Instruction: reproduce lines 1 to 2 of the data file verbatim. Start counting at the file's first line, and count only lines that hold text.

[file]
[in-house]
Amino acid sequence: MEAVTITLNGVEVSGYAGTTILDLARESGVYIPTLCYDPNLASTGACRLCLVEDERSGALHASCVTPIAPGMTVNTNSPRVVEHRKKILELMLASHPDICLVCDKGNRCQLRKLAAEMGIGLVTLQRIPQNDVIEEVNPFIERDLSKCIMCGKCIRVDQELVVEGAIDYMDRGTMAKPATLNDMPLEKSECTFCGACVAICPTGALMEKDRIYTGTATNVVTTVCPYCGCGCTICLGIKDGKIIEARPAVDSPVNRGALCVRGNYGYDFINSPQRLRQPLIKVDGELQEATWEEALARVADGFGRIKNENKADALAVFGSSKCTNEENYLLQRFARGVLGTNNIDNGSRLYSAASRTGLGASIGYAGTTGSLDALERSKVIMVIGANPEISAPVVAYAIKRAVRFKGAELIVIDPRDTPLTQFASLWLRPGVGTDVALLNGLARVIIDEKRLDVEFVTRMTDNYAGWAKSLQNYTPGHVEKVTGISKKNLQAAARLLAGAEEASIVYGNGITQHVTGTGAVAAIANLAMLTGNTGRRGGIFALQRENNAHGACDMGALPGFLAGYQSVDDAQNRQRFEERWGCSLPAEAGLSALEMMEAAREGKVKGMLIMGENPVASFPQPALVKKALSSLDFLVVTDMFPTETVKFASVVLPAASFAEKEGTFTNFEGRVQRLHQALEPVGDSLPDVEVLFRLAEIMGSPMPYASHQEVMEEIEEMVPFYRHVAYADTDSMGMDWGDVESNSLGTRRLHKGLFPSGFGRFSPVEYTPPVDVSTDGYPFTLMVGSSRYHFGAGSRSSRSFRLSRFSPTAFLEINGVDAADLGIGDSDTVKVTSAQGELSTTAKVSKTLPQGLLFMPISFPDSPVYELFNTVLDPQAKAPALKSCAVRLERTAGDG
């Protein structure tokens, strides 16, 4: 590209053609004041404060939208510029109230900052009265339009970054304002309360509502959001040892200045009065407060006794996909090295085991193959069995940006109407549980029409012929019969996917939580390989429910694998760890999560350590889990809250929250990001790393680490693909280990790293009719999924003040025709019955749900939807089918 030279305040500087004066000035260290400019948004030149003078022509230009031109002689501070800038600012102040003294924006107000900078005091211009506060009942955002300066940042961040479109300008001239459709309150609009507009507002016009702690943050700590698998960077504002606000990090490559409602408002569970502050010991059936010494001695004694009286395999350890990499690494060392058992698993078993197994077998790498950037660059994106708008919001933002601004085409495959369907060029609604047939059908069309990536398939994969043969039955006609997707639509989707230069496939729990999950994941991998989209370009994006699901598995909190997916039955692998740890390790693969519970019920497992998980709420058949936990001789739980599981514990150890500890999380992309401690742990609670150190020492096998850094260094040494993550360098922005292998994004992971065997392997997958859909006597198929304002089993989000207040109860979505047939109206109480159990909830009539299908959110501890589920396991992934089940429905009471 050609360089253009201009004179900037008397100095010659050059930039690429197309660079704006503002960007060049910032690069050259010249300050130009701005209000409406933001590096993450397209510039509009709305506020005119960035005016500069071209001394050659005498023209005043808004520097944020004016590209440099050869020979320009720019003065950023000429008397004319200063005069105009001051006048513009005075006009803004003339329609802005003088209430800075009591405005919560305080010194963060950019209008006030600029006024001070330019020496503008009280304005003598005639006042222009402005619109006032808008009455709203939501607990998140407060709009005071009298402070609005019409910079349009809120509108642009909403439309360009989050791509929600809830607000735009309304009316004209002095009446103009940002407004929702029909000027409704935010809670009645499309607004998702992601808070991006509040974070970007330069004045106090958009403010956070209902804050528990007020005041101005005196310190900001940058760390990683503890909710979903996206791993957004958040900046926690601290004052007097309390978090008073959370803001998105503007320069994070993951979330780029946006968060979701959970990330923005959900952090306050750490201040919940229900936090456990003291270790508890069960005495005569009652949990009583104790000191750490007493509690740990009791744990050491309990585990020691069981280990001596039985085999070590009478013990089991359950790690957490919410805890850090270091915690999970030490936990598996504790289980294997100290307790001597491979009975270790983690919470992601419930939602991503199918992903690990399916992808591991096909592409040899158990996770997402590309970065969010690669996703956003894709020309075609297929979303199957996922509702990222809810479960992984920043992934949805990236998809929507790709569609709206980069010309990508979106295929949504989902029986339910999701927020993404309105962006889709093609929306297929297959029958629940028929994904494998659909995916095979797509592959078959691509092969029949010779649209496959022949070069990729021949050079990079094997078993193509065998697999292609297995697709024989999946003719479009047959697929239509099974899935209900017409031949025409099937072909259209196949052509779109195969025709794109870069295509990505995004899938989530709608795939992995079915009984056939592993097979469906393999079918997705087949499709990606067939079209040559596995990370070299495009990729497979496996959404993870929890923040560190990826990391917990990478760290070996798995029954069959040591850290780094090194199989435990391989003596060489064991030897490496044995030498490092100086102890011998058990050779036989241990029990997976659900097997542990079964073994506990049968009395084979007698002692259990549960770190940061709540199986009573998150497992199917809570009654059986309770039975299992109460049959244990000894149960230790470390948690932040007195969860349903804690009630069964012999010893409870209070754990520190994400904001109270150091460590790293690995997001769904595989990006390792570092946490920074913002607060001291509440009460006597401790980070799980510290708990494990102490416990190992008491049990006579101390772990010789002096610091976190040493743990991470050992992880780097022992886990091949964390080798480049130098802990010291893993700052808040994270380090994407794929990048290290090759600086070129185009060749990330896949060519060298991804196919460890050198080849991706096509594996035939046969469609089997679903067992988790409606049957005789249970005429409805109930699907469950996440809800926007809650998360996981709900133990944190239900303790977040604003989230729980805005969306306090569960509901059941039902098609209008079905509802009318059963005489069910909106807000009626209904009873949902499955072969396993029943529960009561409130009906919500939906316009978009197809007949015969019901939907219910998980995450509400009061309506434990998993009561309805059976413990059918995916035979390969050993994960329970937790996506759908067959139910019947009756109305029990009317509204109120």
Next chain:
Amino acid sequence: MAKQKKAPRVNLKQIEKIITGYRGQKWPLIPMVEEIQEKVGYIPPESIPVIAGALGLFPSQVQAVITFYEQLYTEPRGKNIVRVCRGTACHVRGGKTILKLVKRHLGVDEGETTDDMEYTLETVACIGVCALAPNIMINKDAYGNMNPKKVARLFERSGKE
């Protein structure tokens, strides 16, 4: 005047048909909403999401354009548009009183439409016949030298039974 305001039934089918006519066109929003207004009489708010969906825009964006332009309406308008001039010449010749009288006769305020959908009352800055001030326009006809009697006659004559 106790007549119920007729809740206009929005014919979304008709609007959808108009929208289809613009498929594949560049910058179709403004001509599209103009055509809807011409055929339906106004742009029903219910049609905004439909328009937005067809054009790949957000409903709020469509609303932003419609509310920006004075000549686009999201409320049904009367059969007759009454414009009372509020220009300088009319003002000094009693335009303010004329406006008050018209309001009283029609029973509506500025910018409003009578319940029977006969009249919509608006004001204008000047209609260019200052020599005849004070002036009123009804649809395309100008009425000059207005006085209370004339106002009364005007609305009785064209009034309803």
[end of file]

[in-house]
Amino acid sequence: MEAVTITLNGVEVSGYAGTTILDLARESGVYIPTLCYDPNLASTGACRLCLVEDERSGALHASCVTPIAPGMTVNTNSPRVVEHRKKILELMLASHPDICLVCDKGNRCQLRKLAAEMGIGLVTLQRIPQNDVIEEVNPFIERDLSKCIMCGKCIRVDQELVVEGAIDYMDRGTMAKPATLNDMPLEKSECTFCGACVAICPTGALMEKDRIYTGTATNVVTTVCPYCGCGCTICLGIKDGKIIEARPAVDSPVNRGALCVRGNYGYDFINSPQRLRQPLIKVDGELQEATWEEALARVADGFGRIKNENKADALAVFGSSKCTNEENYLLQRFARGVLGTNNIDNGSRLYSAASRTGLGASIGYAGTTGSLDALERSKVIMVIGANPEISAPVVAYAIKRAVRFKGAELIVIDPRDTPLTQFASLWLRPGVGTDVALLNGLARVIIDEKRLDVEFVTRMTDNYAGWAKSLQNYTPGHVEKVTGISKKNLQAAARLLAGAEEASIVYGNGITQHVTGTGAVAAIANLAMLTGNTGRRGGIFALQRENNAHGACDMGALPGFLAGYQSVDDAQNRQRFEERWGCSLPAEAGLSALEMMEAAREGKVKGMLIMGENPVASFPQPALVKKALSSLDFLVVTDMFPTETVKFASVVLPAASFAEKEGTFTNFEGRVQRLHQALEPVGDSLPDVEVLFRLAEIMGSPMPYASHQEVMEEIEEMVPFYRHVAYADTDSMGMDWGDVESNSLGTRRLHKGLFPSGFGRFSPVEYTPPVDVSTDGYPFTLMVGSSRYHFGAGSRSSRSFRLSRFSPTAFLEINGVDAADLGIGDSDTVKVTSAQGELSTTAKVSKTLPQGLLFMPISFPDSPVYELFNTVLDPQAKAPALKSCAVRLERTAGDG